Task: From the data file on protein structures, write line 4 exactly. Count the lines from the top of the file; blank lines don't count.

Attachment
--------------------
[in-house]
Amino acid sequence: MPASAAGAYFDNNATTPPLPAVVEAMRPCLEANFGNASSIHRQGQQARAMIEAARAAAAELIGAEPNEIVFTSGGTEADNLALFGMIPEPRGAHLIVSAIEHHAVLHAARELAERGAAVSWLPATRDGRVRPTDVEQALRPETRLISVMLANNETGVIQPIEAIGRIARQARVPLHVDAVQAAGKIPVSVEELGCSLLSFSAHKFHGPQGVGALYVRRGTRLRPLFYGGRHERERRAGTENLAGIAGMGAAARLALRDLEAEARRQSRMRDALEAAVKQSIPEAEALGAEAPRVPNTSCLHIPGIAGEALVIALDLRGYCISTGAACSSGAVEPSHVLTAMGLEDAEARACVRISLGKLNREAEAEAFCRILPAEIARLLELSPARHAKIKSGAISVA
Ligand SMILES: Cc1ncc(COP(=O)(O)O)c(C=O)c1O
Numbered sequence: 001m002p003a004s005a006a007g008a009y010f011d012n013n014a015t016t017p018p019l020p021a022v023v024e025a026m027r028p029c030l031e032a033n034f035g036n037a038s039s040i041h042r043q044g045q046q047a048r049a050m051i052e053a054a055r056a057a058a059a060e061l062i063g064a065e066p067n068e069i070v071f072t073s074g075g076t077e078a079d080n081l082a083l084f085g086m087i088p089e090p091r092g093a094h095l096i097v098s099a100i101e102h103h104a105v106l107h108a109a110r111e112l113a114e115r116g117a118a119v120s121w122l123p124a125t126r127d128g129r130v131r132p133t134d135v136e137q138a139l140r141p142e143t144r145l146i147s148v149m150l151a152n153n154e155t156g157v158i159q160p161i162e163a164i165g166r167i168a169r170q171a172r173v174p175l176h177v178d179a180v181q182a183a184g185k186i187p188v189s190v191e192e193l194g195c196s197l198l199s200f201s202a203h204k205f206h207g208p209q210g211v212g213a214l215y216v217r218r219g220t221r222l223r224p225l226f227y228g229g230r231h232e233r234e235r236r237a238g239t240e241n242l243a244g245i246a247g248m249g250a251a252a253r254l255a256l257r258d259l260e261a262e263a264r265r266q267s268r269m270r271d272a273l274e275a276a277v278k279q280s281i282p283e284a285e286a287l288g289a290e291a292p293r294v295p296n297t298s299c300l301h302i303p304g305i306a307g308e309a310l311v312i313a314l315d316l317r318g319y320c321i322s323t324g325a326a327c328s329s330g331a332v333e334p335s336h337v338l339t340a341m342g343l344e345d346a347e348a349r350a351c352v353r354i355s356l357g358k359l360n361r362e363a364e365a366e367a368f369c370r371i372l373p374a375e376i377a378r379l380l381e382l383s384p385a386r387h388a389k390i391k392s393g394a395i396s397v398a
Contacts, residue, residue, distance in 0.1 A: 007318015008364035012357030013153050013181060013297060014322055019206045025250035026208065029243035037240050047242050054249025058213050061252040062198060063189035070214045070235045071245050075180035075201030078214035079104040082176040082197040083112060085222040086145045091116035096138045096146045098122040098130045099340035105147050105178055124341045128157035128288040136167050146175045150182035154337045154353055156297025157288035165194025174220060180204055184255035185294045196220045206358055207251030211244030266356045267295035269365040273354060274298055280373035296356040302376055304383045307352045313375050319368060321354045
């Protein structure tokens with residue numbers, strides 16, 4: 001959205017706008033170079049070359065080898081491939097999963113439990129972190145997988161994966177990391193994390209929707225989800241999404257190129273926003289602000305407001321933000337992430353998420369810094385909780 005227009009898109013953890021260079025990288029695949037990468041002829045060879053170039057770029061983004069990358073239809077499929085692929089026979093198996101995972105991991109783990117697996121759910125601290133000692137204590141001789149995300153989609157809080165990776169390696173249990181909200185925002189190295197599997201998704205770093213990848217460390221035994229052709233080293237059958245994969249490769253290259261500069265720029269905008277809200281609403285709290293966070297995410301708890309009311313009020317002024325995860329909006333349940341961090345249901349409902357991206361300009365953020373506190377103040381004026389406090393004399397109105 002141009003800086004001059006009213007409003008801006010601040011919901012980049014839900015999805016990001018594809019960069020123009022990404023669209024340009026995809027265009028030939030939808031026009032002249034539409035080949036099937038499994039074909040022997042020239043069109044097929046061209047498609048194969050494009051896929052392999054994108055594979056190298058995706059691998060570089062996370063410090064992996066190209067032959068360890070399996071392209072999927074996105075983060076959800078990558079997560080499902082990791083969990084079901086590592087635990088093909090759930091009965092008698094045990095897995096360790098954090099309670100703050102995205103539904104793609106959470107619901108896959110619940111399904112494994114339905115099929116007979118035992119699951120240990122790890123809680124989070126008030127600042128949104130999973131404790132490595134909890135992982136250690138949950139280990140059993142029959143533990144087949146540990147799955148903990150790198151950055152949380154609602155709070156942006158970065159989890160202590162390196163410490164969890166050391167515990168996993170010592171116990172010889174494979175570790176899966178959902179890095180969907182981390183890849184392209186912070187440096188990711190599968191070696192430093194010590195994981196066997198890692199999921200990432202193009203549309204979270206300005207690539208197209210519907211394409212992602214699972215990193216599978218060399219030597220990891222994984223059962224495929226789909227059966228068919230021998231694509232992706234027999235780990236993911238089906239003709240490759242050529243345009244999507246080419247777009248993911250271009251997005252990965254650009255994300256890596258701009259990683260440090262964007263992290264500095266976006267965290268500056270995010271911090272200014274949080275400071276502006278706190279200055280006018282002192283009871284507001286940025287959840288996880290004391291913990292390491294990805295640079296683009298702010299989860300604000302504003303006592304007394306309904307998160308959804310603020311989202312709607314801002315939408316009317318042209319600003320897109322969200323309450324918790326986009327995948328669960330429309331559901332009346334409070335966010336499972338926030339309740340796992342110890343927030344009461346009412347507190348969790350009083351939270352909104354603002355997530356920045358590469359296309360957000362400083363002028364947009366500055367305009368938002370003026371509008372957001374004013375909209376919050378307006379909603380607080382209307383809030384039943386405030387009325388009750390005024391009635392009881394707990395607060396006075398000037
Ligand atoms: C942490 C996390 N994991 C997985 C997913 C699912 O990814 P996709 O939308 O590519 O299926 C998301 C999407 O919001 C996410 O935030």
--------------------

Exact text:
Numbered sequence: 001m002p003a004s005a006a007g008a009y010f011d012n013n014a015t016t017p018p019l020p021a022v023v024e025a026m027r028p029c030l031e032a033n034f035g036n037a038s039s040i041h042r043q044g045q046q047a048r049a050m051i052e053a054a055r056a057a058a059a060e061l062i063g064a065e066p067n068e069i070v071f072t073s074g075g076t077e078a079d080n081l082a083l084f085g086m087i088p089e090p091r092g093a094h095l096i097v098s099a100i101e102h103h104a105v106l107h108a109a110r111e112l113a114e115r116g117a118a119v120s121w122l123p124a125t126r127d128g129r130v131r132p133t134d135v136e137q138a139l140r141p142e143t144r145l146i147s148v149m150l151a152n153n154e155t156g157v158i159q160p161i162e163a164i165g166r167i168a169r170q171a172r173v174p175l176h177v178d179a180v181q182a183a184g185k186i187p188v189s190v191e192e193l194g195c196s197l198l199s200f201s202a203h204k205f206h207g208p209q210g211v212g213a214l215y216v217r218r219g220t221r222l223r224p225l226f227y228g229g230r231h232e233r234e235r236r237a238g239t240e241n242l243a244g245i246a247g248m249g250a251a252a253r254l255a256l257r258d259l260e261a262e263a264r265r266q267s268r269m270r271d272a273l274e275a276a277v278k279q280s281i282p283e284a285e286a287l288g289a290e291a292p293r294v295p296n297t298s299c300l301h302i303p304g305i306a307g308e309a310l311v312i313a314l315d316l317r318g319y320c321i322s323t324g325a326a327c328s329s330g331a332v333e334p335s336h337v338l339t340a341m342g343l344e345d346a347e348a349r350a351c352v353r354i355s356l357g358k359l360n361r362e363a364e365a366e367a368f369c370r371i372l373p374a375e376i377a378r379l380l381e382l383s384p385a386r387h388a389k390i391k392s393g394a395i396s397v398a